That acknowledges the right of the public as well as of the Committee to have access to all of the evidence given to the Committee. The only limitation upon this is contained in sub-section (2.) which reads:

Where, in the opinion of the Committee, any evidence which is proposed to be given before, or the whole or part of a document produced or proposed to be produced in evidence to, the Committee relates to a secret or confidential matter, the Committee may, and at the request-

Not of the Chairman of the Committee - of the witness giving the evidence . . . shall - take the evidence in private;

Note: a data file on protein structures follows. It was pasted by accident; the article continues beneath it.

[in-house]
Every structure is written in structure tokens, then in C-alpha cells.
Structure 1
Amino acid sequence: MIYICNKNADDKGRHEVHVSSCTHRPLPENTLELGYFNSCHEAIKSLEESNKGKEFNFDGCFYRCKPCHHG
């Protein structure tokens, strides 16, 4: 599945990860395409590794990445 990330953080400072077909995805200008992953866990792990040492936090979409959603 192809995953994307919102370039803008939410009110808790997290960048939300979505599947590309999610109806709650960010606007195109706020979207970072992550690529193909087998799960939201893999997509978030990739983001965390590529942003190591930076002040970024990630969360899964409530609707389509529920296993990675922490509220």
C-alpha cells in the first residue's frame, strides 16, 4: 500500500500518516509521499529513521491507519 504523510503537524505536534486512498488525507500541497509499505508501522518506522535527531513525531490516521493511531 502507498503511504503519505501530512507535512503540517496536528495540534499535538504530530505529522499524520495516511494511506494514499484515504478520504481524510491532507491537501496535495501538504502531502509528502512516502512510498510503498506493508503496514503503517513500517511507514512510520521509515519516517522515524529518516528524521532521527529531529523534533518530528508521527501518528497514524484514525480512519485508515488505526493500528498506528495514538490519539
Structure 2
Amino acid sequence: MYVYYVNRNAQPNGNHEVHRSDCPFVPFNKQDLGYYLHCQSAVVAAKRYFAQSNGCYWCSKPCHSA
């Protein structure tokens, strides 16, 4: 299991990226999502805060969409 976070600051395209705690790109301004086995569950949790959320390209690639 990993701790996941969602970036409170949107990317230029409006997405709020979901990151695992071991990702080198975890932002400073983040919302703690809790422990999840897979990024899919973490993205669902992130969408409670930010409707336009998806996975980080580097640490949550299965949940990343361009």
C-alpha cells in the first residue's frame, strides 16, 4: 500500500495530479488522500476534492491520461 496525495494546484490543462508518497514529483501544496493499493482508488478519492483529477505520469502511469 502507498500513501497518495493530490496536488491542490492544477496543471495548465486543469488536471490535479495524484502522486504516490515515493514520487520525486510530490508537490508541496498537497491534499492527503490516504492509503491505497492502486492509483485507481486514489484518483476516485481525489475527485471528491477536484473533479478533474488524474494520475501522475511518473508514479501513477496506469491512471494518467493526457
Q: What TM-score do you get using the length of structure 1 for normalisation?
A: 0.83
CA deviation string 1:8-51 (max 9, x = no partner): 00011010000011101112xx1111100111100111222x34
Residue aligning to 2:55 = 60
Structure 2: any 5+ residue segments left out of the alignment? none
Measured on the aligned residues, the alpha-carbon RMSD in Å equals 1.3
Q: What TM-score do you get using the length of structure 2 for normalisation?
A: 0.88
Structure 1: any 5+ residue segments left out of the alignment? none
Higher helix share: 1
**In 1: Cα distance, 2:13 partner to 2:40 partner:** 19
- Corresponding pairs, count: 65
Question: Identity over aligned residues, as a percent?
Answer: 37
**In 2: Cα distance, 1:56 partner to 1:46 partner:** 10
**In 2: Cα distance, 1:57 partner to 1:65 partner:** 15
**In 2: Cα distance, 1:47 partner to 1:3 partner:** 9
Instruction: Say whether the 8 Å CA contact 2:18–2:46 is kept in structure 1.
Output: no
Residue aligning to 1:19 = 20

In Perth all the evidence relating to the Garden Island project, as to the area which the public should be permitted to have access to, was taken in public, and quite properly so. The Government exposed itself before the Committee to criticism on a matter which the public had a most understandable right to know about. The Committee concluded its hearings in Perth, during which all the evidence was taken in public, and the Navy a few days later through its Secretary wrote a letter to the Committee advising that the Navy had agreed to extend the area. Who could claim that any Committee could ever form a reasonable opinion that that was a secret or a confidential matter? If the Secretary of the Navy had put in his letter - which he did not - the words 'I want you to treat this evidence as being evidence in private' or 'this is a secret or a confidential matter' I could understand the Committee exploding at the very thought that the public was being denied knowledge of a fact in which it had a very earnest interest. So the mistake in this matter was made by the Committee. It had no authority under the Act to receive that letter in private. Even if it did, having regard to the public discussion on previous evidence on this subject, it would have been wrong to exercise any authority if it had decided to receive it in private. Whether or not it should have been received in private, we know from the remarks of the Chairman of the Committee, as recorded in the Hansard of the House of Representatives, that the Committee never discussed this, and quite properly refrained from so doing. I would think that the Committee would assume that any evidence on extend ing the area should be given in public as was the evidence that had been given when more limited areas were being discussed.